Over a six-hour-flight across the country, I read for the third time Reading Like a Writer by Francine Prose.
When I landed, dizzy and ravenous, it wasn’t from the jetlag and the meager airplane food, but from a book now highlighted in yellow, green and blue – that’s what reading a book for the third time does.
In this Guide for People Who Love Books And For Those Who Want to Write Them Francine Prose begs us to slow down and pay attention to words, out of which all literature is crafted.
Isn’t summer the perfect time to slow down and even pause?
I highlighted too many sentences and dog-eared too many pages, but here are the ones that struck me most – for different reasons. I hope they will tempt you to read – or read again – this outstanding book. It won’t make writing any easier but will rekindle the joy of storytelling.
On Close Reading: “Writing, like reading, is done one word at a time, one punctuation mark at a time.”
On Words: “The responsibility of showing should be assumed by the energetic and specific use of language. There are many occasions in literature in which telling us far more effective than showing.”
Good news that trigger a sigh of relief from the writer.
On Sentences: “Gertrude Stein wished to construct sentences and use language in a way that reproduced, on the page, the operation of consciousness, the chatter of the inner voice that propels us through the day, the voice in which we understand and explain our own lives to ourselves.”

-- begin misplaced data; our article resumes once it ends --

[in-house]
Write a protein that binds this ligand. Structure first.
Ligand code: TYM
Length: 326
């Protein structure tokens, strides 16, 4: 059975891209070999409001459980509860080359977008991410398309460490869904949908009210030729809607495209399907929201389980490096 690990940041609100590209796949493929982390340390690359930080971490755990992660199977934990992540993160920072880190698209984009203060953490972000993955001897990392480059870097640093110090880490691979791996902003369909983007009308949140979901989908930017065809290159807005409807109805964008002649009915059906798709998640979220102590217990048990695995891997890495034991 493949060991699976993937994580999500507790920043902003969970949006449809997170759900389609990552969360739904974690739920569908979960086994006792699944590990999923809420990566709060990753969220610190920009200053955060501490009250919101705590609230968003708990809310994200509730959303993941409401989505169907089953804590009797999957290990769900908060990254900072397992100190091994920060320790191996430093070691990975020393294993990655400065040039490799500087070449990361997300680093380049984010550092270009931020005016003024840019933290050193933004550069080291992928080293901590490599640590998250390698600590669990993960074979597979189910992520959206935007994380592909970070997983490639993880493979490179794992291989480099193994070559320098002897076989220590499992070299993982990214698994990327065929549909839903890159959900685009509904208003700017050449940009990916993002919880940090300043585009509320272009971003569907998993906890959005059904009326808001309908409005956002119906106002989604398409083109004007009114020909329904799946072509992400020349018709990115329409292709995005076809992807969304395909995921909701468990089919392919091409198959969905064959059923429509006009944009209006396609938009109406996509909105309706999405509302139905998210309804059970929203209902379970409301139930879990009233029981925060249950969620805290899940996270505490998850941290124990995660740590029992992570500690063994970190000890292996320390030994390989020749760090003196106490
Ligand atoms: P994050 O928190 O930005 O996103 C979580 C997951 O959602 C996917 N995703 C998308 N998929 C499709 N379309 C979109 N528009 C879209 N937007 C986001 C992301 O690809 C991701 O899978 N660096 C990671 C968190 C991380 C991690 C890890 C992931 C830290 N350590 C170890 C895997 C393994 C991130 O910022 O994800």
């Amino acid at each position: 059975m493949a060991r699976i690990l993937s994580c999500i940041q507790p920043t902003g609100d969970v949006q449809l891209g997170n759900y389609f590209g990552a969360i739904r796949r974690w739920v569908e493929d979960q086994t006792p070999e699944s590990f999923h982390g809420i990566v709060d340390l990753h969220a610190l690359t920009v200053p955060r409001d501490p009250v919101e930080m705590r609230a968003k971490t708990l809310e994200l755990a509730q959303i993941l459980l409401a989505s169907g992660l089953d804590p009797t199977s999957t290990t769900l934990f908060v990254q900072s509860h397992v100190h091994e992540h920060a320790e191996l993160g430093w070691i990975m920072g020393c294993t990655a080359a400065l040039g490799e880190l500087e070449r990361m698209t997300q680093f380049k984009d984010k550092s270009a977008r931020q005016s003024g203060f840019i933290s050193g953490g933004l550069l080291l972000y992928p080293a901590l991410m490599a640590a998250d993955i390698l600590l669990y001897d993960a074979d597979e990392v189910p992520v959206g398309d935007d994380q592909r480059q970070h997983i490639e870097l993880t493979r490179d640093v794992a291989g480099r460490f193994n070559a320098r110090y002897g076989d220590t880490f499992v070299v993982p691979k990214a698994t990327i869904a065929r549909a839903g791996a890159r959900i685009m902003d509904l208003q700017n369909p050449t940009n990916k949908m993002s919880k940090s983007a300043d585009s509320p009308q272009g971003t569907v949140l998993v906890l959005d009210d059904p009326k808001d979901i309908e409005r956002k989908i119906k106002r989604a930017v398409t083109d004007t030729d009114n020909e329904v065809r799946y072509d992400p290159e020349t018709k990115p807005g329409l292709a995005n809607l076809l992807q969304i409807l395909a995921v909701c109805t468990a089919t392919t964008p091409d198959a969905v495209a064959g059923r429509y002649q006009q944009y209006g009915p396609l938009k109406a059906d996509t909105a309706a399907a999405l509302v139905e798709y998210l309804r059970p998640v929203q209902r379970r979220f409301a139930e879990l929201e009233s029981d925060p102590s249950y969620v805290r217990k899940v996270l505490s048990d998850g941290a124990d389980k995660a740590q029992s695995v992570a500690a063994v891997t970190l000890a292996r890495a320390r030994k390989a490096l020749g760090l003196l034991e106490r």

On Dialogue: “If we do want to write fiction set in the world in which we live, it’s useful to study the words of authors who do have an ear for dialogue, for the locutions people use, for the accidental poetry with which humans express and conceal their thoughts and feelings.”
On Details: “Details aren’t only the building blocks with which a story is put together, they’re also clues to something deeper, keys not merely to our subconscious but to our historical moment.”
On Gesture: “Mediocre writing abounds with physical clichés and stock gestures.”
On Learning From Chekhov: “Keep your eyes open, see clearly, think about what you see, ask yourself what it means…The wider and deeper your observational range, the better, the more interestingly and truthfully you will write.”
And from Chekhov himself, one quotation: “It is time for writers to admit that nothing in this world makes sense. Only fools and charlatans think they know and understand everything. The stupider they are, the wider they conceive their horizons to be. And if an artist decides to declare that he understands nothing of what he sees – this in itself constitutes clarity in the realm of thought, and a great step forward.”
On Reading for Courage: “The reader and beginning writer can count on being heartened by all the brave and original works that have been written without the slightest regard for how strange or risky they were, or for what the writer’s mother might have thought when she read them.
If the culture sets up a series of rules that the writer is instructed to observe, reading will show you how these rules have been ignored in the past, and the happy outcome. So let me repeat, once more: literature not only breaks the rules, but makes us realize that there are none.”
That is some relief.
Francine Prose also talks of her experience, when away from home and afraid of running out of books she decided to read Proust in French. She discovered that reading a masterpiece with a dictionary is in itself a lesson in reading word by word.
I really liked that one.
At the end of her book she has compiled her own list of Books to Be Read Immediately. All illustrate the eleven chapters of Reading Like a Writer.
I’m glad a few are from French writers and I certainly hope for a long summer.
My favorite sentence from Reading Like a Writer: “For now, books are still the best way of taking great art and its consolation along with us on a bus.”
Or on a plane.